§ 30. Mr. Dodds
asked the Chancellor of the Exchequer how many co-operative societies and other co-operative organisations were contacted by his Department during the course of the inquiry into the effect on co-operative savings of the concession made to the Post Office Savings Bank and the Trustee Savings Banks in 1956.
I would refer the hon. Gentleman to the reply which I gave him on 19th July, to which I have nothing to add.
§ Mr. Dodds
Is the right hon. Gentleman aware that the reply says that no inquiries were made at all? May I ask the Chancellor why, in turning down the Amendment on the Finance Bill on 22nd June, relating to co-operative small savings being exempted from Income Tax, it was said that it would not affect co-operative finances at all? Will the Minister explain why he repeatedly pays tribute at the Dispatch Box to the Cooperative movement and yet the present Government seem to take every opportunity to hamper the movement which belongs to 13 million people in this country, and not international financiers? Why are the Government so unhelpful to the 1284 Co-operative movement and so friendly to the speculators, profiteers and racketeers?
My hon. Friend the Economic Secretary, in the debate to which the hon. Gentleman has referred, stated that no evidence was to hand that there had been any major switches in co-operative savings to National Savings. He did not say that any inquiry had been made. He said there was no evidence to hand; that is, so far as we are concerned.
As to the second part of the supplementary question, the Government have taken scrupulous care to do everything they can to ensure that the Co-operative movement is placed in a perfectly fair position in relation to private enterprise with which it competes.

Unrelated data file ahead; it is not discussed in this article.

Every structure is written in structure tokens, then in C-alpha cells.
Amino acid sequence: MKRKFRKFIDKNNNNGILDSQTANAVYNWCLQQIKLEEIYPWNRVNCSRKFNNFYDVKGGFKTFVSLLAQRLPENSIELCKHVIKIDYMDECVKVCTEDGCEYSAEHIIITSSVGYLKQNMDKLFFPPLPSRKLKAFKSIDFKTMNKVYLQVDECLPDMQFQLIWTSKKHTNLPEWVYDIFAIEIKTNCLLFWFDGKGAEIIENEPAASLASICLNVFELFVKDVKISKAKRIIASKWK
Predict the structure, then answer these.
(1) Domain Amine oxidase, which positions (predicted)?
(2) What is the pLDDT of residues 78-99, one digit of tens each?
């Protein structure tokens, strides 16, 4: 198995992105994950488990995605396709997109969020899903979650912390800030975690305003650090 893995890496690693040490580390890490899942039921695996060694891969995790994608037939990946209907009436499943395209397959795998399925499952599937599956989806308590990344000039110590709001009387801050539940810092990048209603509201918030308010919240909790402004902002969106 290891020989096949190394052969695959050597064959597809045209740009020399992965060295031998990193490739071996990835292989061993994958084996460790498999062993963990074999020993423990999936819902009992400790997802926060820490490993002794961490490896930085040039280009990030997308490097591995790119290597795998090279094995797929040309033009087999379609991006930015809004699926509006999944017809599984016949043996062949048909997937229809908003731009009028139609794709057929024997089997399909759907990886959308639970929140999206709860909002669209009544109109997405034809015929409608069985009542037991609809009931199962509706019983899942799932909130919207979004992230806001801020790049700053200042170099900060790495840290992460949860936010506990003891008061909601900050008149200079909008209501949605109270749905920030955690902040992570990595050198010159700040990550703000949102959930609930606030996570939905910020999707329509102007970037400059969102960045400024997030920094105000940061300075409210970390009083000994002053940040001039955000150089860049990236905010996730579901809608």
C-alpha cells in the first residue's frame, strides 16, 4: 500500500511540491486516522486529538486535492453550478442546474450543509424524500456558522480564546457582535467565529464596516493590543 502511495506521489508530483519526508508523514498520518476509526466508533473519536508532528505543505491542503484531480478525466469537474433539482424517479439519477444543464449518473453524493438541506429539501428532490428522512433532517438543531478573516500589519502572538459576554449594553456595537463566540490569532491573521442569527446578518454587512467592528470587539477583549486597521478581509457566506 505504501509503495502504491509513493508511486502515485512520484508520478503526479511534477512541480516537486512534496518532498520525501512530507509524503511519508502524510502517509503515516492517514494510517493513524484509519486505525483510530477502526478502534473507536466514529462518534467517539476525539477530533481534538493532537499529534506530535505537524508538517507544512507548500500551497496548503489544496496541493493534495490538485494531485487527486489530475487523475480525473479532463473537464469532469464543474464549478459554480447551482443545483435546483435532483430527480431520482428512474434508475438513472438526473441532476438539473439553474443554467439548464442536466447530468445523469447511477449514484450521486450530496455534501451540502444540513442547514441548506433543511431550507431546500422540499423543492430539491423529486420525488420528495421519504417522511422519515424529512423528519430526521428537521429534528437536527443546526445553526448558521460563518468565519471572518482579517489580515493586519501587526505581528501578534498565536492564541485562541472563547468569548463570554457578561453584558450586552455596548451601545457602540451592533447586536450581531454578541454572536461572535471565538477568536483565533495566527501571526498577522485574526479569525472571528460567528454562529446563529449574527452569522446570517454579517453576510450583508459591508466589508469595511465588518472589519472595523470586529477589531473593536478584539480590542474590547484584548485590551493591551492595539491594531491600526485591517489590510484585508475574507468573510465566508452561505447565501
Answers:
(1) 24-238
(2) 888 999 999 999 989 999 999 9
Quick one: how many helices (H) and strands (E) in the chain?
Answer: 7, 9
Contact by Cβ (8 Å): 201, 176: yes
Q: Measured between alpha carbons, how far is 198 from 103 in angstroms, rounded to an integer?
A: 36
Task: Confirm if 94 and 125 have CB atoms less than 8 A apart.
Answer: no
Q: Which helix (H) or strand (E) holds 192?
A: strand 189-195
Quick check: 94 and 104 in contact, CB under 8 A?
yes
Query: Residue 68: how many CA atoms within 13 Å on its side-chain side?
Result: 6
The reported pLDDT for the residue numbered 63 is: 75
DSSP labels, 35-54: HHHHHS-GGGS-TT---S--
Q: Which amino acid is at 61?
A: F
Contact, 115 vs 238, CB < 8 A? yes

§ Mr. Dodds
On a point of order, Mr. Speaker. The Chancellor of the Exchequer has said that the words which I used were not spoken in the debate. I should like to refer the Chancellor to column 447 of the Report of the debate, when the Economic Secretary was challenged with these words:Since the hon. Gentleman has made inquiries, will he give us the source of his information, so that we may assess it?Mr. BARBER: I have not the details with me, but that was the conclusion drawn by those who advised me quite fairly from the facts."—[OFFICIAL REPORT, 22nd June, 1960; Vol. 625, c. 447.]
Nothing that the hon. Gentleman has said cannot be reconciled with what I have said. The Economic Secretary said that there was no evidence to hand that there had been switches. He expressed the opinion, therefore, that he did not think it was an important factor. He did not say that he had made inquiries.